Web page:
Quick Call to earn a rare tribute at Saratoga Race Course
by Jim Reisler
The late Quick Call was more than a gritty horse with a knack for coming up big at Saratoga Race Course.
After winning nine of his 17 starts from 1986 to 1991 at the Spa, Quick Call transitioned in his post-racing career to another starring role in the Thoroughbred Retirement Foundation's (TRF) pioneering “Second Chances” vocational training program, working with inmates at Wallkill Correctional Facility in upstate New York.
That blend of excellence earned Quick Call rock star status at both the Spa and at Wallkill – and now, a rare honor on the Saratoga backstretch. This week, the New York Racing Association, Inc. (NYRA) will bury the ashes of the two-time Grade 2 Forego champion at Clare Court, the bucolic, half-mile jogging track.
An unveiling of the memorial will be scheduled in July, along with a TRF event to celebrate his life in coordination with the running of the Grade 3 Quick Call on Opening Day, July 15.
“Few thoroughbreds ever had that kind of dual career and did it so well for so long,” said TRF Director of Major Gifts & Planned Giving Kim Weir of Quick Call, who died in October 2019 from the infirmities of old age, at 35. “He had an aura about him. Quick Call was a legendary horse who earned respect from the other horses and from the men at Wallkill. To know he’ll be at rest at Saratoga Race Course, which he loved so much, is a great ending.”
Quick Call will be put to rest at Clare Court, a serene and magical spot on the backstretch named after former Saratoga track superintendent Anne Clare. He will share the hallowed ground with a select group of Thoroughbred racehorses who were beloved stars at Saratoga Race Course.
He joins Fourstardave, another fan favorite from Quick Call’s era who won at least one race for eight straight years at the Spa, as well as two other mid-1980s legends, the Irish-bred turf runner Mounjare, and A Phenomenon, a top sprinter. Like the others, Quick Call will have a headstone commemorating his accomplishments.
Over the course of his 86-start career for owner Lynda Stokes, the gelding won $807,817 on the track and established a 16-15-12 record. Putting his affinity for Saratoga to good use, Quick Call and Hall of Fame jockey Pat Day won the 1988 and ‘89 editions of the Grade 2 Forego Handicap. They narrowly missed a third straight win at the Forego in 1990, losing by a nose to Lay Down.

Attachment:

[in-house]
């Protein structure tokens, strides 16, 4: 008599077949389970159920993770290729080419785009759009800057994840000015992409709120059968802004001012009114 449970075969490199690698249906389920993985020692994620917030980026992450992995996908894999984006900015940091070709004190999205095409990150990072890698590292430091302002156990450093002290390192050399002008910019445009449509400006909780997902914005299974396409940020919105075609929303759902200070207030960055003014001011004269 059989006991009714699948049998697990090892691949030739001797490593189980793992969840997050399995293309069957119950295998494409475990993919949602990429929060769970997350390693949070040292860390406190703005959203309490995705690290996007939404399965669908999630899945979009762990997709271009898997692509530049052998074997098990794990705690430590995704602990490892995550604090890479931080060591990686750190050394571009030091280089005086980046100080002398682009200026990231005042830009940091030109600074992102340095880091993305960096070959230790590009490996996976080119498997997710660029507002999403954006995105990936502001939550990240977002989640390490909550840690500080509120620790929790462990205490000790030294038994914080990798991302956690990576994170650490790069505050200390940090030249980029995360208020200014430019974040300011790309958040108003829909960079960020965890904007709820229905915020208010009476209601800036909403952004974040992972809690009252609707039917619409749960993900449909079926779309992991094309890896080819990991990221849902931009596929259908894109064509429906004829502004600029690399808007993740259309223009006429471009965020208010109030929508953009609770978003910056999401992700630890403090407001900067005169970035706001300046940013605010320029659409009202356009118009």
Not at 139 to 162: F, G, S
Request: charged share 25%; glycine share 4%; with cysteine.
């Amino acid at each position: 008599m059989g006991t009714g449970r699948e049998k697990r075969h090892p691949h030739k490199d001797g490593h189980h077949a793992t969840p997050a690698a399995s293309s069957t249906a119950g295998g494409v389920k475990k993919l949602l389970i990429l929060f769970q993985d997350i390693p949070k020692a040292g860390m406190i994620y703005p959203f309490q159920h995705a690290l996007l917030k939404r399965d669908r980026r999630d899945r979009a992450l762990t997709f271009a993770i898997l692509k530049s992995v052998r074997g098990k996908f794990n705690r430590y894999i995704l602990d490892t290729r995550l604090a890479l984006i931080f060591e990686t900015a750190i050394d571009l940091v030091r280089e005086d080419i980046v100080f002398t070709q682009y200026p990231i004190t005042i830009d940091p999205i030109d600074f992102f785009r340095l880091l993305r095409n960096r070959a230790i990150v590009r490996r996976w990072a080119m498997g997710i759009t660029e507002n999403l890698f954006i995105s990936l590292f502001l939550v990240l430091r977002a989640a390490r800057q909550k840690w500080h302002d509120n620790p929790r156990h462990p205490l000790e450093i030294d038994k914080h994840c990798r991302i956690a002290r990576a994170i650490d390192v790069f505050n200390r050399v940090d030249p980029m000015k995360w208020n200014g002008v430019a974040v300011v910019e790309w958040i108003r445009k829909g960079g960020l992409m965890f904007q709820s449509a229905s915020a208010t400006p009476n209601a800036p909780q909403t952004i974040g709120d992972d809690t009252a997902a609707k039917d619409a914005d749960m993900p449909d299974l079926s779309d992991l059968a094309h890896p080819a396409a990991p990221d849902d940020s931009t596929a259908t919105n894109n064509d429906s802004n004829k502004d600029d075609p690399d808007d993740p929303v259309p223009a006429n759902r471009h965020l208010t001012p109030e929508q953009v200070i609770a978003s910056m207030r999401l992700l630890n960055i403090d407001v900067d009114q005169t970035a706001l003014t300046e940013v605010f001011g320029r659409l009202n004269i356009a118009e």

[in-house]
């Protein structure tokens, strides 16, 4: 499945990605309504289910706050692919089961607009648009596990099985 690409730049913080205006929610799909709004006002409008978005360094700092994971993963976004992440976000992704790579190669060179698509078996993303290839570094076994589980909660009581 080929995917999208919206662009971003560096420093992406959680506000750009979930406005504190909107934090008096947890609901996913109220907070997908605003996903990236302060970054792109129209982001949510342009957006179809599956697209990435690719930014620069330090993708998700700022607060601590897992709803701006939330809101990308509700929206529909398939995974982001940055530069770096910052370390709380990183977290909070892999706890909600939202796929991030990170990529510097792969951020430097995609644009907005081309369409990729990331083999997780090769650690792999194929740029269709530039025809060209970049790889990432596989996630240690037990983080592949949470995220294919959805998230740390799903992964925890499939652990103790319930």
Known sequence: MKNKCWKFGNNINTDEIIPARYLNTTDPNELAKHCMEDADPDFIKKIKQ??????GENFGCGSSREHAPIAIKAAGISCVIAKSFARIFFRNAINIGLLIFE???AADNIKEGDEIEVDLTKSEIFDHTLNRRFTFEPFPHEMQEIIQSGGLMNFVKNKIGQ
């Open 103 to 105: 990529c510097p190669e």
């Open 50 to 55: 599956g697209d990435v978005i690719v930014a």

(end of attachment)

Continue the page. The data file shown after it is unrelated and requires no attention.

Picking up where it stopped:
Prior to retirement, Quick Call, under Jorge Chavez, upset Sewickley in the 1990 Grade 2 Tom Fool at Belmont Park. The son of Quack was trained by Hall of Famers Sid Watters and Warren A. “Jimmy” Croll, Jr. The Quick Call Stakes, now in its 14th year at Saratoga Race Course, is named in his honor.
“He always showed up, he was always prepared, and my goodness, he loved Saratoga, where he had a knack and always stepped it up,” said Day. “Some horses have the talent, but no heart. Quick Call had both talent and heart.”
Just why Quick Call took so well to Saratoga is anyone’s guess. “Whether it was the air, the cool mornings, the racing surface, or all of the above, we’ll never really know,” said Day. “Quick Call was a good horse downstate, but took it to another level at Saratoga. It was a joy to ride him.”
Retired from the track in 1990, Quick Call became a riding horse, before joining the TRF herd in 2001, and spending the next 18 years at Wallkill, where he worked with inmates on the TRF “Second Chances” accredited equine care and stable management program. At Wallkill, Weir said, Quick Call quickly established himself as the most accomplished and respected horse at the Thoroughbred Aftercare Alliance (TAA) accredited program.
NYRA and its horsemen are committed supporters of the TAA, which accredits, inspects, and awards grants to approved aftercare organizations to retrain, retire, and rehome thoroughbreds using industry-wide funding.
Quick Call wasn’t the first member of the TRF herd at Wallkill; the first to arrive was Promised Road. But at his passing, Quick Call was the senior resident among the approximately 50 horses at Wallkill as well as TRF's 500-member herd at farms across the country.
“Whenever his name is mentioned at a New York track, someone will tell a story about him,” said Pat Stickney, Executive Director of the TRF. “We were honored to have had him in the TRF herd for so many years. People would visit the farm to just see him and to have their picture taken with him. Until the end he was dignified and all class; he knew he was special.”
Bred by Warner Jones, Jr. and David Greathouse, Jr., Quick Call made five starts as a 2-year-old in 1986, winning a Belmont Park maiden race and finishing fifth in the Saratoga Special Stakes. In 1987, he broke through at Saratoga, winning three of four races to help Watters claim the meet championship for trainers with 12 wins. Quick Call was even better in 1988 when he won five of 15 starts including all three Saratoga starts and the first of those two consecutive Grade 2 Foregos.
NYRA TV’s Ernie Munick, who was a handicapper with the New York Daily News when Quick Call reigned at Saratoga, vividly remembered him as a handicapper’s dream – “a fast, classy and reliable horse who first and foremost, liked the wet track, and gave it his best every single time out.”
“He was an honest horse, one you knew would always give you 110 percent,” says Munick. “As a handicapper, I always looked forward to seeing him, and at Saratoga in particular. You knew he’d be there. God bless that horse.”
Day couldn’t be happier that Quick Call’s ashes will soon be at Clare Court.
“He loved Saratoga and I’m delighted he’s getting that honor,” he said. “He really deserves it.”